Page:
02-07-2007, 09:59 PM
We are starting to set up the menu for this years trip. One of the guys has had success pheasant hunting; we are thinking about bringing some of that pheasant meat up to Canada for one of our lunches (pheasant breasts on the grill).
Anyone know what the rules are for bringing wild game meat (pheasant) across the US/Canadian border
02-07-2007, 11:31 PM
Looks like chicken to me.
02-08-2007, 12:33 AM
Deer is supposed to be a big negative. Never been asked about it at the border.
02-08-2007, 10:49 AM
Seriously though, I did bring some pheasant back into Ontario this past November. They did ask me where I had been...pheasant hunting...and what I was bringing back....pheasants. They didn't ask to see them. My conclusion is that I would not volunteer the info but if asked directly (do you have any wild game?) I would say I had some pheasant breasts. Not a big deal....and I don't think it's a question you would hear very often. Perhaps bring along the appropriate licence that allows you to have the birds, just to be on the safe side.
02-08-2007, 12:41 PM
From a cursory look at the rules, there doesn't appear to be restrictions on bringing game meat into Canada on your trip. However, to ascertain the facts for yourself, take a look at the following site:
02-08-2007, 02:01 PM
I shoot quite a few pheasants. Enough so that we have gotten to where we can most of them. This makes great sandwich spread. So a couple of years ago, I brought some along on my annual trip to Tobin L., Sk.
I had no problem taking them in.
Unfortunately on account of weather conditions, we came home early and had not eaten it all. The American customs agent confiscated the two pint jars I had left.
He said if it was meat and we did not have proof of purchase.....we could not bring it across.
02-08-2007, 03:51 PM
Hi. tmac. My wife and I are planning our first trip to tobin this comming august. its rare to find anyone going there. How long have you been going there, you must know the place like the back of your hand. we will be staying at tobin lake resort. can you tell me anything about it. my email address is. firstname.lastname@example.org thanks a lot alan
02-08-2007, 06:14 PM
Been going there on and off for over 25 years. Mostly "on".
However, the past 14 years it has all been in ths fall.
Summer is different.
In fall we have been staying near Nipawin (MacSwaney's cabins) and only fished the river. From Francois Finlay Dam to just down from Eagle Nest.
In summer we used to stay at Tobin Lake Resort, and we fished the lake. From Eagle Nest to the dam. There are also a couple other resorts now. All the usual methods work. We mostly jigged in summer.
There are decent maps available. Fish structure and weedlines...just like anywhere. :) Bring plenty of grub tails if you are gonna jig.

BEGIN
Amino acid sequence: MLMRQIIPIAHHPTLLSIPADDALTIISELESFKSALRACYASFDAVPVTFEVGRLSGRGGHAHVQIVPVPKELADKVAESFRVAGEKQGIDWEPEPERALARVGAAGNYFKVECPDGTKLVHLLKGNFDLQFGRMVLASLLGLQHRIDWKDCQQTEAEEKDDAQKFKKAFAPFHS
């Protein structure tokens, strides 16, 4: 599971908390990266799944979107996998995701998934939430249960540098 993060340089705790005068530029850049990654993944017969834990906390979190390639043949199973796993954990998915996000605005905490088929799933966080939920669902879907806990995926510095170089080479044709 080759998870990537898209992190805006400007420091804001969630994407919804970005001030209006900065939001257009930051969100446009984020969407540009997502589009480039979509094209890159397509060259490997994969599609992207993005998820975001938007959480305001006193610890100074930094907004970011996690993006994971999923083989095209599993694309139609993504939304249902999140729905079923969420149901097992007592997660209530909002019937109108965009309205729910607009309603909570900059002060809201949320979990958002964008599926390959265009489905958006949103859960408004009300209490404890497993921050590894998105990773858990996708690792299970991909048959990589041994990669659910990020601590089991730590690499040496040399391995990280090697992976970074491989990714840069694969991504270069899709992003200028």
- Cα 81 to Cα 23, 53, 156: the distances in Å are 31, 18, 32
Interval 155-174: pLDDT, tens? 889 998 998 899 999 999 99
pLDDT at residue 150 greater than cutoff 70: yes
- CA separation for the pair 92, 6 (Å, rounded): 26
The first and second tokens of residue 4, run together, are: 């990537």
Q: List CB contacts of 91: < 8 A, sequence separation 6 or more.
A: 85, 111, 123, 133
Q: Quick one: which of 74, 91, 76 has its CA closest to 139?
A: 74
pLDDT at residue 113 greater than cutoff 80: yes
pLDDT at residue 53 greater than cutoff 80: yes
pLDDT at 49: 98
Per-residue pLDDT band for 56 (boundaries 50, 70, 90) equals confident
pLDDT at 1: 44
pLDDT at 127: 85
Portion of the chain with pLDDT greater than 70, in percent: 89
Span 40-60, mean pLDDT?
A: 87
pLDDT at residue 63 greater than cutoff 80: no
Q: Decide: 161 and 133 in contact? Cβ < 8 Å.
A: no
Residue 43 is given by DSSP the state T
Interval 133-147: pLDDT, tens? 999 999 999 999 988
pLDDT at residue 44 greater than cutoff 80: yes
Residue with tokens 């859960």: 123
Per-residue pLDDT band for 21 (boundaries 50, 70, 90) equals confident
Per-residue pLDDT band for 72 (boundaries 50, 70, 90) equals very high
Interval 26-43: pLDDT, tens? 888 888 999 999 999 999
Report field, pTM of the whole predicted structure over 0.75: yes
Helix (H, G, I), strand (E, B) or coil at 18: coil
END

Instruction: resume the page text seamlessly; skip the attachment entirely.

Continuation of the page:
The locals are very helpful with information there.
02-10-2007, 10:38 AM
It all depends on the mood of the custom agents. Don't volunteer the infomation that you have wild game, but if they ask, be honest with them.
I know of a group that had their venison steaks and moose steaks taken away from them last spring. the irony of it is, the moose was killed in Ontario, money paid to get it back into the US, and then confiscated at the border when they tried to take it into Canada with them on a fishing trip.
Apparently the Canadian customs doesn't like their moose returning dead.
02-10-2007, 01:10 PM
That is a fact. I have had a few frustrating experiences by power tripping agents. It is extremely difficult when they simply will not allow you to explain that they are wrong. One US agent of rank loudly berated his underling in front of me and her peers as she simply attempted to explain that he, the boss, was misunderstanding the situation and that I was perfectly legal. He cut her off at the knees.
Finally, I had to turn around and get the head Canadian agent to come to the American building and explain my case to this egomaniac on the US side. Once he allowed the situation to be explained by a Canadian person of rank, I was on my merry way. Then that jerk made the female agent come outside and tell me I was fine and I could go.
In my many trips back and forth, what few problems I have experienced were almost always with US agents when coming back into the states.
If you cross the border often, you learn to avoid some potential problems from experience. I had a problem at one crossing point with the Candian agent. The man acted like an anal jerk the first two times I went through there. From then on, until he was reassigned, I simply avoided that particular crossing on my way into Canada.